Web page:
Museums in Hong Kong Island

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Temples are the best kind of museums that are available in Hong Kong, not only because the admission for most of them is free but also because of the rich traditions they house within their walls. Here is just a small sample of temples that you can visit during your stay in Hong Kong.

Man Mo Temple

Located on Hollywood Road near "Cat Street", the Man Mo Temple is one of the largest and oldest temples in Hong Kong, dating back to 1842 or 1847, depending on which side of history you take. The temple is dedicated to the god Man (born Cheung Ah Tse in A.D. 287), who is the God of Literature. Man also controls the destinies of civil servants (mandarins) who in ancient times were the hierarchy of the Chinese intelligentsia. This temple is also dedicated to the God of Martial Arts or War. Mo (also known as Kuan Ti or Kuan Kung) who was born Kuan Yue in A.D. 160. Mo is best known for the protections he gives people from the deprivations of war and is said to be a favorite of members of Hong Kong's underworld. Ironically, Mo is also found at every police station.

Tin Hau Temples

The grandest, most spectacular celebration dedicated to Tin Hau, Hong Kong's popular Goddess of the Sea, takes place at Da Miao (The Green Temple) in Joss House Bay when tens of thousands of people aboard hundreds of junks and public ferries converge on the hilltop temple to the accompaniment of gongs and drums. It's always a memorable experience to see this colorful fleet assembled off the remote Fat Ton Mun Peninsula in the New Territories.The entryway to this temple is marked with a pair of door gods, whose task is to guard against any mischief making evil spirits who might attempt to enter. Legends indicate that this pair of gods represents 2 generals of the T'ang dynasty (A.D. 618 to 906), Chiu Shu-pao and Hu Ching-tai, who were able to protect the Emperor from demons by posting themselves outside the palace gates.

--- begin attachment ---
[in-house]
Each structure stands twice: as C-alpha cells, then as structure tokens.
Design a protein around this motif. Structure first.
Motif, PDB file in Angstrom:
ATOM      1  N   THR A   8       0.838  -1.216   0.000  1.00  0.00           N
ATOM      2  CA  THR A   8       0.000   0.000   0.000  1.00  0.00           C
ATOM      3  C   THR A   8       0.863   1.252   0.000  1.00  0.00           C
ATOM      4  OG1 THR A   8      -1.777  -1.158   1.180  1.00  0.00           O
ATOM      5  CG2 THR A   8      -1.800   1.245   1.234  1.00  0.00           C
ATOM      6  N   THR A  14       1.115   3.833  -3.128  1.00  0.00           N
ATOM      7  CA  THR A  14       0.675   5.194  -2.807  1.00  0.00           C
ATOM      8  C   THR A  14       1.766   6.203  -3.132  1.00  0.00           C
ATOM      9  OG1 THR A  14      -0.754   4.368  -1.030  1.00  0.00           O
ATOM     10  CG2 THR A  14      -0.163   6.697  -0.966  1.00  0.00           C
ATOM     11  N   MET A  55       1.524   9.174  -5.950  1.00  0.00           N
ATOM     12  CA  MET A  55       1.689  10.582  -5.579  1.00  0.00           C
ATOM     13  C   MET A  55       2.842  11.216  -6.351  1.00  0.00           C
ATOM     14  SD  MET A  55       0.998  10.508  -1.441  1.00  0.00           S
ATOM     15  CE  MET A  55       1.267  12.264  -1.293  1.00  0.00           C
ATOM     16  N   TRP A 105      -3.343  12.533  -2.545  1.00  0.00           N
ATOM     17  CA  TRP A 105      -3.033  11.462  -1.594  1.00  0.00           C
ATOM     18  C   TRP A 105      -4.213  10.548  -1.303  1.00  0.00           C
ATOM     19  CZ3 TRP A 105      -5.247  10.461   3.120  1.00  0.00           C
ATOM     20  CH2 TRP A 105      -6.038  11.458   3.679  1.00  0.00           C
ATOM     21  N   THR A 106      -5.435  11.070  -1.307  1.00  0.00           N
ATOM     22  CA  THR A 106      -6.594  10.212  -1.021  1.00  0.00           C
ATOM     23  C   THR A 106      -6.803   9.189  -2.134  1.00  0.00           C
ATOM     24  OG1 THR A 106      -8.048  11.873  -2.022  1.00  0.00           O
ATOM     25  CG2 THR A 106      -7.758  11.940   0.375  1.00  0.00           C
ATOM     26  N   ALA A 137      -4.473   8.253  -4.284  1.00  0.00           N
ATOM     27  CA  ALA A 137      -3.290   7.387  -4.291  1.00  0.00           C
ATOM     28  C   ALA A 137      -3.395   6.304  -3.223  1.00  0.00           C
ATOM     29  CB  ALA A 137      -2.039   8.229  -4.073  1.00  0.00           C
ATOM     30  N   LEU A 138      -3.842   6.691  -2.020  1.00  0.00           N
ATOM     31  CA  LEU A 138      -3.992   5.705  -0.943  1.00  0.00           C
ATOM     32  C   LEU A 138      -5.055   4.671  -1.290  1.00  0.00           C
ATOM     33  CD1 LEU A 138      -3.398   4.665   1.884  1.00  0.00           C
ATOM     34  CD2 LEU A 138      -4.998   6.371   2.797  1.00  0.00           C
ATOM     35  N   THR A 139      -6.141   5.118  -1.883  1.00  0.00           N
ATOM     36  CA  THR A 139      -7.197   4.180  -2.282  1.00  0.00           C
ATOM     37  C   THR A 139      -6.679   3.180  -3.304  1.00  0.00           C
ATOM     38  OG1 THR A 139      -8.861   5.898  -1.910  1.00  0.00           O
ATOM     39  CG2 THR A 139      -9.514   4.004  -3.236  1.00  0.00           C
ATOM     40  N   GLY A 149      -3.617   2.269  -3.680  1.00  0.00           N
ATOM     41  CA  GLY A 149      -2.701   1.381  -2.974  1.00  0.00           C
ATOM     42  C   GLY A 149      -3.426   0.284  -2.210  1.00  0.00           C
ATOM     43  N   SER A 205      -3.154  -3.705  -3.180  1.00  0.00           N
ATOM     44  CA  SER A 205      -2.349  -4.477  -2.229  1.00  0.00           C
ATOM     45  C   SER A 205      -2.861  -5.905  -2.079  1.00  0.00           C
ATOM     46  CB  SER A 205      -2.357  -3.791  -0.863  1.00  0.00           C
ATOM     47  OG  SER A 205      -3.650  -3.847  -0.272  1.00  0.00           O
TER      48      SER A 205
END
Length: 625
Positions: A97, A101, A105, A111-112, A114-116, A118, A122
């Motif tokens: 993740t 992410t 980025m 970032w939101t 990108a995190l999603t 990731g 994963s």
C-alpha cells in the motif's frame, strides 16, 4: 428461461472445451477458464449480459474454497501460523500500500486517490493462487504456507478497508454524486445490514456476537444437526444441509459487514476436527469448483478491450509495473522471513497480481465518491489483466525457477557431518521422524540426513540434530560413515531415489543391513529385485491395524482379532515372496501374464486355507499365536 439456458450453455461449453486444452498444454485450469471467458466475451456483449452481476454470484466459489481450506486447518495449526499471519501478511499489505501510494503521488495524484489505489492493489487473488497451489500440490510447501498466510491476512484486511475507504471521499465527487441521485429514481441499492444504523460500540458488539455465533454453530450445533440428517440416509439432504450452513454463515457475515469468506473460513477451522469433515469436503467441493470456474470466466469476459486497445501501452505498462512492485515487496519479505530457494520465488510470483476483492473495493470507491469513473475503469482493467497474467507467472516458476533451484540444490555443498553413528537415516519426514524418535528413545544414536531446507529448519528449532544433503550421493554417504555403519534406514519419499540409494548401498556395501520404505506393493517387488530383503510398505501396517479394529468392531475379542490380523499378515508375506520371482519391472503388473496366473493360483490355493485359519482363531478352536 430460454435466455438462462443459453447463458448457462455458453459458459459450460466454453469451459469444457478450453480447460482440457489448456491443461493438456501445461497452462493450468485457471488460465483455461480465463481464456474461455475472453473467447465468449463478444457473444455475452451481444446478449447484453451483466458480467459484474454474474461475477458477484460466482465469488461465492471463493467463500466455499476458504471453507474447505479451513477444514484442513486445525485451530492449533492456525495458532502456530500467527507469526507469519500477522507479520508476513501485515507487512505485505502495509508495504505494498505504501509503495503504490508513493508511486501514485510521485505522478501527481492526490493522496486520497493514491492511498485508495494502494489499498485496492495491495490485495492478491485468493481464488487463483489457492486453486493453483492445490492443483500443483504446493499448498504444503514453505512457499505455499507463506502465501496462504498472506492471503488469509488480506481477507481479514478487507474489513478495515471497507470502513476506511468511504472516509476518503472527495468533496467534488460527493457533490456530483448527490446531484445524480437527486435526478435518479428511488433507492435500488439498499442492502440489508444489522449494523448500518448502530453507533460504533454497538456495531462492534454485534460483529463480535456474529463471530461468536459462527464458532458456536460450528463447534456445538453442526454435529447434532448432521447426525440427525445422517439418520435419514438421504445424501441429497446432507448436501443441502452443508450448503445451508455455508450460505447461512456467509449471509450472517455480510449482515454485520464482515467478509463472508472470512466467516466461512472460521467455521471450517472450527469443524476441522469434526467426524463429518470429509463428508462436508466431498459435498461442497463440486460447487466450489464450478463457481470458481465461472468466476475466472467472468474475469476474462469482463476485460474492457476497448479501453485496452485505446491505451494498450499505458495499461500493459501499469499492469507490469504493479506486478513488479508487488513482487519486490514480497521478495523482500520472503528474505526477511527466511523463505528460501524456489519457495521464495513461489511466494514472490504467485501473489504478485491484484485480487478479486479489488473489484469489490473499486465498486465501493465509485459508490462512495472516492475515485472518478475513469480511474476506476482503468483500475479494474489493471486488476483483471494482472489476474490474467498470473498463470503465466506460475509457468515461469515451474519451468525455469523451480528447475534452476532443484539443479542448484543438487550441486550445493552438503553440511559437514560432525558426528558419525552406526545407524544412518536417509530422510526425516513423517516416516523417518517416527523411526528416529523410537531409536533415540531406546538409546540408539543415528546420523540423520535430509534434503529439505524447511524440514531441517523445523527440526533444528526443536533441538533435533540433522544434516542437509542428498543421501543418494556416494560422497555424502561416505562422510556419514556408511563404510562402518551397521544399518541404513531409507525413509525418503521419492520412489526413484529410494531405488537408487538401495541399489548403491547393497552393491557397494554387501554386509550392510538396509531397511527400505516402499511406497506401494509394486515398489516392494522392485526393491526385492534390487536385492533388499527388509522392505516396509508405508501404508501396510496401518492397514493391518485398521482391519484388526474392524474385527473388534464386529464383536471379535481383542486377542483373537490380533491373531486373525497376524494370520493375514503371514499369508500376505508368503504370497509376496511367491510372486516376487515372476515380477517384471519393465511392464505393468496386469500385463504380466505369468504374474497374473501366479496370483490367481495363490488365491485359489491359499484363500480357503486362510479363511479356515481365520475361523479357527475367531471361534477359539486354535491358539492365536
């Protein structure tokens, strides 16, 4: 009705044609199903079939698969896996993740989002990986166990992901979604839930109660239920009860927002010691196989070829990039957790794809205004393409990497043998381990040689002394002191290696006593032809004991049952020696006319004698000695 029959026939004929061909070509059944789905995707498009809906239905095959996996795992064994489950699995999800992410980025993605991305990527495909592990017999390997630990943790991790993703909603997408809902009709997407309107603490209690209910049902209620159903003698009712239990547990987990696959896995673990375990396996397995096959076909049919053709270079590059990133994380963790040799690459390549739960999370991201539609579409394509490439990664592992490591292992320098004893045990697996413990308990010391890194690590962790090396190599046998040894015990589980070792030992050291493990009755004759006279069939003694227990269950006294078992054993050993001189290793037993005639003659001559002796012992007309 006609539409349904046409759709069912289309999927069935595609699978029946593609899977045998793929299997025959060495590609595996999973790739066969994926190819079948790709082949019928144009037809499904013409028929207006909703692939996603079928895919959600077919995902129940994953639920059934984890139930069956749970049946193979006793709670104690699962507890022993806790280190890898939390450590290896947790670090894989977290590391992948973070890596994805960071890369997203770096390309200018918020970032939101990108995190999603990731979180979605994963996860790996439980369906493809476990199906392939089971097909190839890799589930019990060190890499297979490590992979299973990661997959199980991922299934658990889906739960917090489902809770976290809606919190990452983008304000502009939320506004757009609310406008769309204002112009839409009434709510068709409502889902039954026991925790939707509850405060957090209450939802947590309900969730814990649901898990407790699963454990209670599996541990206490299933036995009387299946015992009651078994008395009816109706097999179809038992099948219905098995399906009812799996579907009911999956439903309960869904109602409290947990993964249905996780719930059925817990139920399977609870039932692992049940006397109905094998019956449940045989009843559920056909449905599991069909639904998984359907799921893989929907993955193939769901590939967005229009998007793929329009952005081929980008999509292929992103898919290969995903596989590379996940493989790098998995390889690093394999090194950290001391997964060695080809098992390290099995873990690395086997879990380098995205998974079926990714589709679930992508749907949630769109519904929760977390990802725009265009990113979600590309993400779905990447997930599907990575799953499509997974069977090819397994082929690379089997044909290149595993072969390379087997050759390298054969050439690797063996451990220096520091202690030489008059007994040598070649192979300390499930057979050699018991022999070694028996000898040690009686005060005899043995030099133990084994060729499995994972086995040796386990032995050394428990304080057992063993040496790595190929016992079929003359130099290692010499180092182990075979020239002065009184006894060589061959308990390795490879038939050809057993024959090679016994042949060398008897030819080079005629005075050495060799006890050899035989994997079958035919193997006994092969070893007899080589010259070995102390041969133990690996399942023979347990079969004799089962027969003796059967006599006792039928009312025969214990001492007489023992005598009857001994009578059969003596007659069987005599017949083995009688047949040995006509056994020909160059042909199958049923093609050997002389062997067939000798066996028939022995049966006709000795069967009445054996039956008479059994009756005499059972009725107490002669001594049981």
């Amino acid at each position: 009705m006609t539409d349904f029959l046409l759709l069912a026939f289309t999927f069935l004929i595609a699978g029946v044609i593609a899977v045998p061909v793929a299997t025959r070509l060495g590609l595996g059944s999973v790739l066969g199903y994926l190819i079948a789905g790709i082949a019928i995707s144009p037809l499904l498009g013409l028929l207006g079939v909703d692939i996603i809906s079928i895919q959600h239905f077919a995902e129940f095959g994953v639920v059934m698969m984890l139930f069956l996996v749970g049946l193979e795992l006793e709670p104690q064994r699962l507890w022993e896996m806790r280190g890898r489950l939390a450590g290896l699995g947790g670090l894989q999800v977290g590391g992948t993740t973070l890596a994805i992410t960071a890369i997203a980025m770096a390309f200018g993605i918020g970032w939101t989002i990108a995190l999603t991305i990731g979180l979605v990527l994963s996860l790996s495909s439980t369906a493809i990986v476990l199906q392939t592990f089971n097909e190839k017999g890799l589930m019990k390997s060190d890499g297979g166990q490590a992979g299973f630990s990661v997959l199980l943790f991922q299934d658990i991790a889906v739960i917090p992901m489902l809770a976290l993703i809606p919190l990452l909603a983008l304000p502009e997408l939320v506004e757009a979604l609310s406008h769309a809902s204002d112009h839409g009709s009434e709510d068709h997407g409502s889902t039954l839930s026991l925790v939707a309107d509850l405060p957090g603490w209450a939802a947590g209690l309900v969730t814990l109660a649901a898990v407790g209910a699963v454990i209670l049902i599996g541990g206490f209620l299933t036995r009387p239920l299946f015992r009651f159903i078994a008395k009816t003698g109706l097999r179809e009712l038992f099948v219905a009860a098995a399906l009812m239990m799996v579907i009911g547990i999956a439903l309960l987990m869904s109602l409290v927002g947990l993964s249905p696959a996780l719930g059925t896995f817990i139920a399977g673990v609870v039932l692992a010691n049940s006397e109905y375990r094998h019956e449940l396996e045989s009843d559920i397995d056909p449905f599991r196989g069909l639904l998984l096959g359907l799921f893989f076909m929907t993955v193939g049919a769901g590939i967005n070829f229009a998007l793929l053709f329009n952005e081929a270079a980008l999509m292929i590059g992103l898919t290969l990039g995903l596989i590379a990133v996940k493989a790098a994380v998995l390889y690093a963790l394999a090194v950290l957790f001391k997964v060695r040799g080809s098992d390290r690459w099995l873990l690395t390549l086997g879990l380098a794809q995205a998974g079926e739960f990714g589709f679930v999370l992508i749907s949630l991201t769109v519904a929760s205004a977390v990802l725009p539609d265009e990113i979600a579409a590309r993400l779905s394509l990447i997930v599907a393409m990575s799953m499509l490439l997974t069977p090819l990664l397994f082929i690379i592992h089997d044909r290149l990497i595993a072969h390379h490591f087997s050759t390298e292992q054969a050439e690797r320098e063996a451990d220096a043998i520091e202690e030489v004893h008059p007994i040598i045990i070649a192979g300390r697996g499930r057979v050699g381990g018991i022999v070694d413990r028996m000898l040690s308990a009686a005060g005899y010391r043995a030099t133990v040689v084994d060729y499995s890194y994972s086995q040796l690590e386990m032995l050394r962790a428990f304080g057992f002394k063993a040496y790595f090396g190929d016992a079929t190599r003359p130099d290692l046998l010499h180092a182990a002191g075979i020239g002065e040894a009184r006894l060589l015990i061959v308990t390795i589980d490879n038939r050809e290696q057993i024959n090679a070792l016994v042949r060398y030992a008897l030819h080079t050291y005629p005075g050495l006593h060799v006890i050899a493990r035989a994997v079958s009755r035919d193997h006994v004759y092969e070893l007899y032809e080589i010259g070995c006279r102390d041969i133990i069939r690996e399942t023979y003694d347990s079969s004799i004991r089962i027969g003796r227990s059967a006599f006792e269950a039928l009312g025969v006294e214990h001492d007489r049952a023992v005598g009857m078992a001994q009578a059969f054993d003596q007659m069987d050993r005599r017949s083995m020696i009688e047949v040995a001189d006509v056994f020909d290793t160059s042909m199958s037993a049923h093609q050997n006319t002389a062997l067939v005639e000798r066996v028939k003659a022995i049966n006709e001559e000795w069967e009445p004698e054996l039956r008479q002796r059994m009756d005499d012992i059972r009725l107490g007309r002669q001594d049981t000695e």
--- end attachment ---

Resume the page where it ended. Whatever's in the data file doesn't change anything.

The other popular Tin Hau temple is the Tin Hau Temple in Aberdeen, which dates back to 1851 when the present temple site was still on the seashore. Its last renovation was in 1898, but it is still in great condition. Like most traditional Taoist temples, its rooftop is bordered by miniature figures from Chinese legend and mythology. The central shrine contains 2 statues of Tin Hau . The smaller statue is carried in processions on festival days. This duplication of the principal deity is another common feature of Taoist temples. At this temple you will find several statues of minor deities, illustrating the flexibility of Taoism and the diverse needs, both material and spiritual, of Hong Kong's faithful temple visitors.

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January 12, 2010 change by damiandavilarojas

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